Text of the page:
Today’s one awesome thing comes from the Internet Archive: Herbert Case Hoagland’s 1912 book How to Write a Photoplay:

To write a photoplay requires no skill as a writer, but it does require a “constructionist.” It requires the ability to grasp an idea and graft (please use in the botanical sense) a series of causes on the front end of it and a series of consequences on the other end. An idea so grafted will surely bear fruit; and to learn the art of this sort of mental horticulture it is necessary first to understand, in a general way, how motion pictures are made and what is done in the studio, in the field and in the factory. Let us learn something of these things and begin at the beginning—in the office of the Scenario Editor.

The photoplay was the precursor to the screenplay. It’s essentially a list of scenes, designed for silent films. Without dialogue, it can be challenging to establish the relationships between characters:

The scenario writer must bear in mind that the first thing to do is to introduce his characters on the screen in a way that almost immediately determines their position in, and relationship to, the story. Many photoplays are failures because a proper beginning has not been arranged.

If, for example, the scene opens in a young woman’s home and her lover is coming to see her, the fact that he is her lover and not her brother or husband should be clearly shown in the action, and the action of the play is the thing to write.

Scene geography and narrative sequence are extremely important. So are hats.

If a man is to go from a room in one house to a room in another, there should be a scene showing him entering the second house, but it is unnecessary to have him leaving the first because in the first room he can be made to catch up his coat and hat and exit. Obviously he is going out, and when one sees him on the street and entering the second house the entire thought is conveyed to the spectator.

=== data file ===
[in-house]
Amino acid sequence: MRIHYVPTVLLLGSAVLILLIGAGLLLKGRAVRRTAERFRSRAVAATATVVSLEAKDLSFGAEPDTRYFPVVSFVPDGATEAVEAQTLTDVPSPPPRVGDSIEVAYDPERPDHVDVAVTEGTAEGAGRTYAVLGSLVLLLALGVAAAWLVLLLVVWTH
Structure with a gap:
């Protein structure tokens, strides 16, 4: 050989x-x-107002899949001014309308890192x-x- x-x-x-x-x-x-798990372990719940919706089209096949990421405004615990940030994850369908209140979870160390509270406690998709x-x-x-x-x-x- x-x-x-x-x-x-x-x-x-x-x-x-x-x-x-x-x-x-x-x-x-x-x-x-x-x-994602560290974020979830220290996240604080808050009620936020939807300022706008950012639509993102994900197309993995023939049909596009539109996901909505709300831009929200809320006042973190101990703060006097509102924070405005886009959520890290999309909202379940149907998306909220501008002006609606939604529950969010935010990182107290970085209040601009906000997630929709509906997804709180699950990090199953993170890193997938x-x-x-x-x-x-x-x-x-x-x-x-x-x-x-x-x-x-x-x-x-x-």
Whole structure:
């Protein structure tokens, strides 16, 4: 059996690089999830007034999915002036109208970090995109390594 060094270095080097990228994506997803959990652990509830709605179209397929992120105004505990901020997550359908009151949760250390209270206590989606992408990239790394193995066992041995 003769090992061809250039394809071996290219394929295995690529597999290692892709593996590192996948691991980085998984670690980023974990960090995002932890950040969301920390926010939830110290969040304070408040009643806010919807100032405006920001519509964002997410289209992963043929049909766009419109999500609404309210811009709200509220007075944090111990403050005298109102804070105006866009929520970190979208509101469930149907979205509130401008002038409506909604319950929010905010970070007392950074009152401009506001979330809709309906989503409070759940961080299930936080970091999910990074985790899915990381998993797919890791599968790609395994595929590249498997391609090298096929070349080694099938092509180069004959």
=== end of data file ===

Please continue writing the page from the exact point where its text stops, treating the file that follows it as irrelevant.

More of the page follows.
The question may arise, if his action of putting on his hat and coat suggests leaving the house, why his entering another room and removing them doesn’t mean the reverse. The answer is simple—because he may have simply gone into another room in his own house and the man in the theatre seat wonders, “Why, in thunder, did he put his hat and coat on to go along the hall or just from room to room.” Seems farfetched, but it isn’t. The spectator asks just such questions.

Hoagland’s scenario writers are now called screenwriters, but many of the issues remain the same.

Revising is the hardest part of a writer’s work. The first copy flows from the inspired pen like the proverbial water from a duck’s back and under the influence of watching the story grow the writer finds incentive to continue, but oh! the drudgery of rewriting and revising. Inclination may writhe and squirm and plead to go away and leave the work undone, but Determination must grab Inclination and club it into submission if the writer ever expects to flirt with the elusive Goddess of Success. Revision is imperative. All the big fellows in the literary world do it. Only by careful rewording and rewriting can any production of this nature be flawless. A good way to do this is to read your scenario aloud to members of the family or to friends; better still is it to have some one read it to you that you may hear the words with another’s intonation and vocal shades.

Hoagland’s book has a list of all the major motion picture studios, few of which exist today. But his warning sounds familiar:

Don’t send Biblical stories to a manufacturer who makes a specialty of western stuff. Study the needs of the firms producing pictures and direct your scenarios accordingly. On another page the class of story most sought for by the different studios is touched upon, and ambitious writers cannot do better than to subscribe to The Moving Picture World or some other trade paper and carefully study the comments on the films as they appear week by week.”

You can read the whole thing here.